FROM THE ARCHIVES
'Sam Houston' troops fight 2 enemies, N. Viets, jungles
By RAY BELFORD | Stars and Stripes | Published: March 22, 1967
The battle raged for more than eight hours as every inch of jungle was fought for dearly, with sweat and machetes flying.
The hand-to-hand combat through this tough mountainous terrain is a battle in itself. Elements of the U.S. Army's 4th Infantry Division engaged in Operation Sam Houston west of Pleiku are fighting two wars.
The war against the north Vietnamese Army elements has subsided somewhat after much bitter fighting at the start of the operation, but the war against the jungle is something the infantrymen have to contend with every day.
The two forces facing the 4th Infantry Division combined to fight the U.S. troops when the operation began. In the initial battle at a small landing zone a company and artillery battery faced an estimated NVA battalion.
The heavy jungle provided excellent coverage for the NVA soldiers who were attempting to overrun the small U.S. force holding the landing zone. Even after trees were knocked down near the landing zone they were used for cover by the enemy.
Even air strikes could not move the NVA out of the battle area until the battalion had been almost wiped out. After the battle, one of the captured prisoners was discovered to be a company commander in the Red battalion.
When questioned as to why they had stayed and fought to almost the last man he replied, “We had a misson.” When asked what that mission was he said, “To search out and destroy an American company, to kill them all.”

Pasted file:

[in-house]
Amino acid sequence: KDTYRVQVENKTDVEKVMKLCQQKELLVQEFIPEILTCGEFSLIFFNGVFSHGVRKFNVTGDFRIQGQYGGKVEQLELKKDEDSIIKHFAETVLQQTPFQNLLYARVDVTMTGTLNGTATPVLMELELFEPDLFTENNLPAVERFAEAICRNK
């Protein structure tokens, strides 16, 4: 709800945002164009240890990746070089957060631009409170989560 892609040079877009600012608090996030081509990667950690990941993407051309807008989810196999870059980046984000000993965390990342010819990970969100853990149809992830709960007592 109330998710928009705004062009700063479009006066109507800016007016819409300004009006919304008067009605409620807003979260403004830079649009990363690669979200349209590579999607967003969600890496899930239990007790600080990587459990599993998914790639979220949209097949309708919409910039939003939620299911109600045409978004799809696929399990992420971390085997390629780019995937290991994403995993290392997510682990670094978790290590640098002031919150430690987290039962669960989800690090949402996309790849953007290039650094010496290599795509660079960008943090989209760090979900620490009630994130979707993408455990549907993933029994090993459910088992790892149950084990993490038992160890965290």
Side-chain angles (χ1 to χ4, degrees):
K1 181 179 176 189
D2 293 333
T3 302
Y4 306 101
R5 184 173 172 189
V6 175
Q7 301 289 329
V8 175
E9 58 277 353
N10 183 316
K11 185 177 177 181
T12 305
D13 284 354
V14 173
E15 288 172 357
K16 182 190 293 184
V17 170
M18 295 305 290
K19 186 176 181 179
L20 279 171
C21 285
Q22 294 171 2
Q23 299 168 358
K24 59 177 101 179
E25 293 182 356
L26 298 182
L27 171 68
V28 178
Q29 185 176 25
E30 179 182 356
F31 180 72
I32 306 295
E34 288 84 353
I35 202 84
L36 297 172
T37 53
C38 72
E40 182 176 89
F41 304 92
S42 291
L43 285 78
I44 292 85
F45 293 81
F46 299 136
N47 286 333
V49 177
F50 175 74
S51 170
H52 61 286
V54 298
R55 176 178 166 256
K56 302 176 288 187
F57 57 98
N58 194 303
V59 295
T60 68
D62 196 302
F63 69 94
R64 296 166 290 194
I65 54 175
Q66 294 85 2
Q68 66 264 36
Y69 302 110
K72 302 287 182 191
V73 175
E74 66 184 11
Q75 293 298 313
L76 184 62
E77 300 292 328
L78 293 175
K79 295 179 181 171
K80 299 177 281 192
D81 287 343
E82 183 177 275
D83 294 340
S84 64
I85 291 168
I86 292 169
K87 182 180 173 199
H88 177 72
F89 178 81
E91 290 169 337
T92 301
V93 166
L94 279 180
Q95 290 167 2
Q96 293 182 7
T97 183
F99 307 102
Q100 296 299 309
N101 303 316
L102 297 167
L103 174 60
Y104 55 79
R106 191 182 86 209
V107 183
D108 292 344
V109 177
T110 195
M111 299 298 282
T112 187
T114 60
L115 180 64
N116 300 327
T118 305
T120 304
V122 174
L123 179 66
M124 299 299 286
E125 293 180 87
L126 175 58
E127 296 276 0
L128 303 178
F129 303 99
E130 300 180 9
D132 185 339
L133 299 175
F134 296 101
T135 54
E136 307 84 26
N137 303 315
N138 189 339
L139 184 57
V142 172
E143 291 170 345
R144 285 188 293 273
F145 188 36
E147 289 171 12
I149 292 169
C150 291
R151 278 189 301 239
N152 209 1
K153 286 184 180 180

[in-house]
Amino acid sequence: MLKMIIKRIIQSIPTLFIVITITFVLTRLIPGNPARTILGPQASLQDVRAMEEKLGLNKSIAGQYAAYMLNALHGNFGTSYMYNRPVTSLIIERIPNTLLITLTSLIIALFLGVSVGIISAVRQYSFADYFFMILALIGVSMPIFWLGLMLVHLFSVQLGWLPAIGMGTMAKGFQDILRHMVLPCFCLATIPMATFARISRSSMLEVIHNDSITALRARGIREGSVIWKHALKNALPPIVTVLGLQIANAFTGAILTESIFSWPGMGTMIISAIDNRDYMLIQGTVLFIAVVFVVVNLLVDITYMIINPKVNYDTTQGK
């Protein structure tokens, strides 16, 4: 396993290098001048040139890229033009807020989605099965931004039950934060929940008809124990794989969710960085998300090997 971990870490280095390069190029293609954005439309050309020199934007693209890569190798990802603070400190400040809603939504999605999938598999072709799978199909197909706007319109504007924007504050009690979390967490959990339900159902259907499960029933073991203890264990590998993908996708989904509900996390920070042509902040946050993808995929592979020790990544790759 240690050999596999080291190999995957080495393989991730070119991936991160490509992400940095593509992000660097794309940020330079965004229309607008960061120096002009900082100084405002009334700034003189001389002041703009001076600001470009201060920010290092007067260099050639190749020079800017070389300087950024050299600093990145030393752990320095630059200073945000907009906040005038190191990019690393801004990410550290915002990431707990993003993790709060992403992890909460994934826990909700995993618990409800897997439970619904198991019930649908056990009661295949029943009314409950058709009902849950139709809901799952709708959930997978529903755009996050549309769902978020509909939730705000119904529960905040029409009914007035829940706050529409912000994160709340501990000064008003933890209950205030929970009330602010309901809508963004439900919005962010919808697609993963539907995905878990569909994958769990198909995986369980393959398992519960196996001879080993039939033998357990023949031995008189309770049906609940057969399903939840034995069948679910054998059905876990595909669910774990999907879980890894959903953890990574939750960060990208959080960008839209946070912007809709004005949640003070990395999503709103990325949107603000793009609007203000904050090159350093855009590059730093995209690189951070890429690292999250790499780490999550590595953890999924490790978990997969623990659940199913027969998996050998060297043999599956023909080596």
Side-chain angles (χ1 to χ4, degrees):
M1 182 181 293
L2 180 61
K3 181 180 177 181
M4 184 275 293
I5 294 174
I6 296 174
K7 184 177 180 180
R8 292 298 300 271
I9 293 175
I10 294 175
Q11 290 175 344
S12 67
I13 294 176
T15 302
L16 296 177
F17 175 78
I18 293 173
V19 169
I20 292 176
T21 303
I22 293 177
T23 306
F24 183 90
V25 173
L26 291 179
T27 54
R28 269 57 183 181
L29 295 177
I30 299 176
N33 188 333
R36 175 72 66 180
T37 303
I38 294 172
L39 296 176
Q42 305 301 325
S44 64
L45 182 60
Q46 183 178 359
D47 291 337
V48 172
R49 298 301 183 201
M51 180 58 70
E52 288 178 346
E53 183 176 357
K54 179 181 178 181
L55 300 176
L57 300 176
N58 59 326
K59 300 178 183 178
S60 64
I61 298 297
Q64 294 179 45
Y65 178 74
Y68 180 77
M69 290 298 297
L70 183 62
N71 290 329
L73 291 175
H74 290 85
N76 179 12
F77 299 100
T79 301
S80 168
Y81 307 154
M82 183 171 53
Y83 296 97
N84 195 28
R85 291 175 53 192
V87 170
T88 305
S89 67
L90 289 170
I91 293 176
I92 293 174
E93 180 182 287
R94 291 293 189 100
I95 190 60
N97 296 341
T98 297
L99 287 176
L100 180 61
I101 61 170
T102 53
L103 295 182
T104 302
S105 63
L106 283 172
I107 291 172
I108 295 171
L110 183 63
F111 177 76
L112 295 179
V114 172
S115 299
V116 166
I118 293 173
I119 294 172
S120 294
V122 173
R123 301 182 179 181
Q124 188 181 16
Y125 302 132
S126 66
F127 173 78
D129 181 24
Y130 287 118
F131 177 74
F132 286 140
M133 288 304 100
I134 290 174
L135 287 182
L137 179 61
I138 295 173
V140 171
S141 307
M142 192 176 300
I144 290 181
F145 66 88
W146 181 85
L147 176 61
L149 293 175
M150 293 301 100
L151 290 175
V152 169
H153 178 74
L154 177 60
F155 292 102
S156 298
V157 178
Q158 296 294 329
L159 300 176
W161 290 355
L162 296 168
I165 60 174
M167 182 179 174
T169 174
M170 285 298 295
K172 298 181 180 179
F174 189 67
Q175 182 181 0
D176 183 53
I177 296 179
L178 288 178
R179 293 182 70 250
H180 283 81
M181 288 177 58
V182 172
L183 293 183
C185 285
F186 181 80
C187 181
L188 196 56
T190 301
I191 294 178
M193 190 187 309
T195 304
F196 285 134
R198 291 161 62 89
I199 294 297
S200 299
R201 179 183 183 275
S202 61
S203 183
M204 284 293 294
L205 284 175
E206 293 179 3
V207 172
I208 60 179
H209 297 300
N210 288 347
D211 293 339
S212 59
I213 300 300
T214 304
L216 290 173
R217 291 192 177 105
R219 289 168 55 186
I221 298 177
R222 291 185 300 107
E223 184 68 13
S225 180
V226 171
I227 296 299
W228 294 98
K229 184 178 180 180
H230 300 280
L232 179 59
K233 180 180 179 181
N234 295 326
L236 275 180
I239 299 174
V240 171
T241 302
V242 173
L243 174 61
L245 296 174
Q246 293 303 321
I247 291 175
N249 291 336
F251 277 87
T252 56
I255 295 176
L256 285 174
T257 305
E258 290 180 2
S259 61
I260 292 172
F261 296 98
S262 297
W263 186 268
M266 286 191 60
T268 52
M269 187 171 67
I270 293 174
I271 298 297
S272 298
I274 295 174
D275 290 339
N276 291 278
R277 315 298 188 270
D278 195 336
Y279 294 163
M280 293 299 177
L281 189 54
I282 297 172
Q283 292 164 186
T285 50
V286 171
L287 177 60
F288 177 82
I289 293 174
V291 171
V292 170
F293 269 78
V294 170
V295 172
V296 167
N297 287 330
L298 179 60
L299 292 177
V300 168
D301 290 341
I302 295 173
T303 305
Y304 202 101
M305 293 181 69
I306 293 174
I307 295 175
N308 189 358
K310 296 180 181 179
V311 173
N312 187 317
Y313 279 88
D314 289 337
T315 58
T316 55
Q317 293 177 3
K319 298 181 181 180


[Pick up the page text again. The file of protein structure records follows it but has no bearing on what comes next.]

More than 90 enemy bodies were counted around the perimeter of the landing zone, but intelligence reported 400 new graves just on the other side of the Cambodian border.
Since that battle, the NVA have been hard to find, but the jungle is always there, and it must be fought first in order to find the other enemy. In this battle the jungle is just as formidable as the other enemy. Its triple canopies, dense undergrowth and bamboo are constantly fighting the infantrymen as they try to move.
It also forces the men to carry extra rations, extra water, extra ammo, shovels and axes in addition to their normal gear, for in this jungle, landing zones for supply helicopters are few and far between.
It is unbearably hot during the day and cold at nlight. It has its ever-aggravating mosquitoes, red ants and bugs that seem to love human flesh. The jungle also effectively hides the deadly enemy which has been hard to find.
It is hard for the infantrymen to move for a full day through the jungle as they must take frequent breaks and stop early to dig in for the night. The 4th Inf. Div's 2d Brigade, is known for its well-built bunkers —everyone have overhead cover.
They also try to claim a little part of the jungle each night as they cut down enough trees to make a small drop zone in case they need emergency supply or in case they need to evacuate wounded.